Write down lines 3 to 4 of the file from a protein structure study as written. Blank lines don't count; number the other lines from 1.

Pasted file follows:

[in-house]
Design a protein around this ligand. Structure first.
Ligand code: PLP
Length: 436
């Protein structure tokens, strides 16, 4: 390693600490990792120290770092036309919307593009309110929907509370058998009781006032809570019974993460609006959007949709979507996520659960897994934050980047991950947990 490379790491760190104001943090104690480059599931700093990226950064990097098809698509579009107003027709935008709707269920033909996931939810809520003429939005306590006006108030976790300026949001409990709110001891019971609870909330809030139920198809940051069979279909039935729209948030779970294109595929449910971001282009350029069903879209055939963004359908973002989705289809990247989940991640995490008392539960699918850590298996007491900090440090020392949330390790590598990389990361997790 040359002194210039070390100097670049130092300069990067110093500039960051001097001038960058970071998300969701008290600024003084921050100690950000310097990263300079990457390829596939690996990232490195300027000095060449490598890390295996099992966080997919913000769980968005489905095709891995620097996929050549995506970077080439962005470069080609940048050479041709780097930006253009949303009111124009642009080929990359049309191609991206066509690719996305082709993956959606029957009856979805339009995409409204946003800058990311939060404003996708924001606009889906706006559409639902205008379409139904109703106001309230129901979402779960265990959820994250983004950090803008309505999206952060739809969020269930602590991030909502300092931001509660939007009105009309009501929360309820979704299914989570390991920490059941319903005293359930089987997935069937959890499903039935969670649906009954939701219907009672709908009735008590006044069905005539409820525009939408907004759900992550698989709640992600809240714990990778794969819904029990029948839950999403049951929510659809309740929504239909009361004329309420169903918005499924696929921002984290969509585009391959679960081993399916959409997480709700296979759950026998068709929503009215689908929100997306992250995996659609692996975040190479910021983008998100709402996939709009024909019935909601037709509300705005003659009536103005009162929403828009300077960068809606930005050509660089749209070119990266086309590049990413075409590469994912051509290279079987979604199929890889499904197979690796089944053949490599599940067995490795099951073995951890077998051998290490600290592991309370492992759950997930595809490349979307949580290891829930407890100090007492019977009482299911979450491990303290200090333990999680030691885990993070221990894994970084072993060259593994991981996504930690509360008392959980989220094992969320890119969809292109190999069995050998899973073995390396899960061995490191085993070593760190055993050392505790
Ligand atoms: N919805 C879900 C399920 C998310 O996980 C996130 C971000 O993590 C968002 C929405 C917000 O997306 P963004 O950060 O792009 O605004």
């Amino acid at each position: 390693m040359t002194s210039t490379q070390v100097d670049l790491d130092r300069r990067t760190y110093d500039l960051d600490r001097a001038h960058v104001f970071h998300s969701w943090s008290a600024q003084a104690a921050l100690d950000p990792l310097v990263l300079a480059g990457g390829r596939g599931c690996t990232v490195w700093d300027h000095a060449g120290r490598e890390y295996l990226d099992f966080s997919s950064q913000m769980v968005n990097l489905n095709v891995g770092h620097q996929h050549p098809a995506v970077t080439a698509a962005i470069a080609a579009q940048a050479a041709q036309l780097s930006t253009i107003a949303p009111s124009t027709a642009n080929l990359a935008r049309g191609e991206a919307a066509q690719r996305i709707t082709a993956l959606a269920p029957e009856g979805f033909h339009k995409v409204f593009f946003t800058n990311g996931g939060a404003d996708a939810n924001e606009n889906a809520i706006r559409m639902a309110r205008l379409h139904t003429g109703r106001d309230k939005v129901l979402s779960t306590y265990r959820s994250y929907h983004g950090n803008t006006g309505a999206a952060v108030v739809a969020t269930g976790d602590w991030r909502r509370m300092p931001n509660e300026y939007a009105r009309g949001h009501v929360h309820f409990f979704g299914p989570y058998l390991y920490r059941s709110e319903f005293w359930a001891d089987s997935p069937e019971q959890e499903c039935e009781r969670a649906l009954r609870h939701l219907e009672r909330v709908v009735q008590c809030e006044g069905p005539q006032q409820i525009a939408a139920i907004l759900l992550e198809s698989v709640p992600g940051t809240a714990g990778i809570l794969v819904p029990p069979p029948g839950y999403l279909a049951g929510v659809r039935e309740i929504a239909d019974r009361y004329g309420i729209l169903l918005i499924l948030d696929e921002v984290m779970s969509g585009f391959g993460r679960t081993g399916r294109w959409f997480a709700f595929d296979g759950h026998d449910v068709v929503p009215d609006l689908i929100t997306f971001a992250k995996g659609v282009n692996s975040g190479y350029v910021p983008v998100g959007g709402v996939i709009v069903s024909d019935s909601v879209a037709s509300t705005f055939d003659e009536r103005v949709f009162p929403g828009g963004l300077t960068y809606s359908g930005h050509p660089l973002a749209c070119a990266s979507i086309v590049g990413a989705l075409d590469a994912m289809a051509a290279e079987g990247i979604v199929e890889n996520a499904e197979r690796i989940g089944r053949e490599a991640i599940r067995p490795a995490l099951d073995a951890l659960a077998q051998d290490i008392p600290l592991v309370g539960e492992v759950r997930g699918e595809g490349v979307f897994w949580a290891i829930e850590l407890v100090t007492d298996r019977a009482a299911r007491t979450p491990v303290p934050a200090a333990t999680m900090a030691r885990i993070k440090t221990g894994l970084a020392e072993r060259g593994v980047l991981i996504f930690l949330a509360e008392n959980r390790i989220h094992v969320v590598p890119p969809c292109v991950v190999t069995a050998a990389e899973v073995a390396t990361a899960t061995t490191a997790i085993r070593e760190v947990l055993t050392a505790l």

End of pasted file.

Ligand code: PLP
Length: 436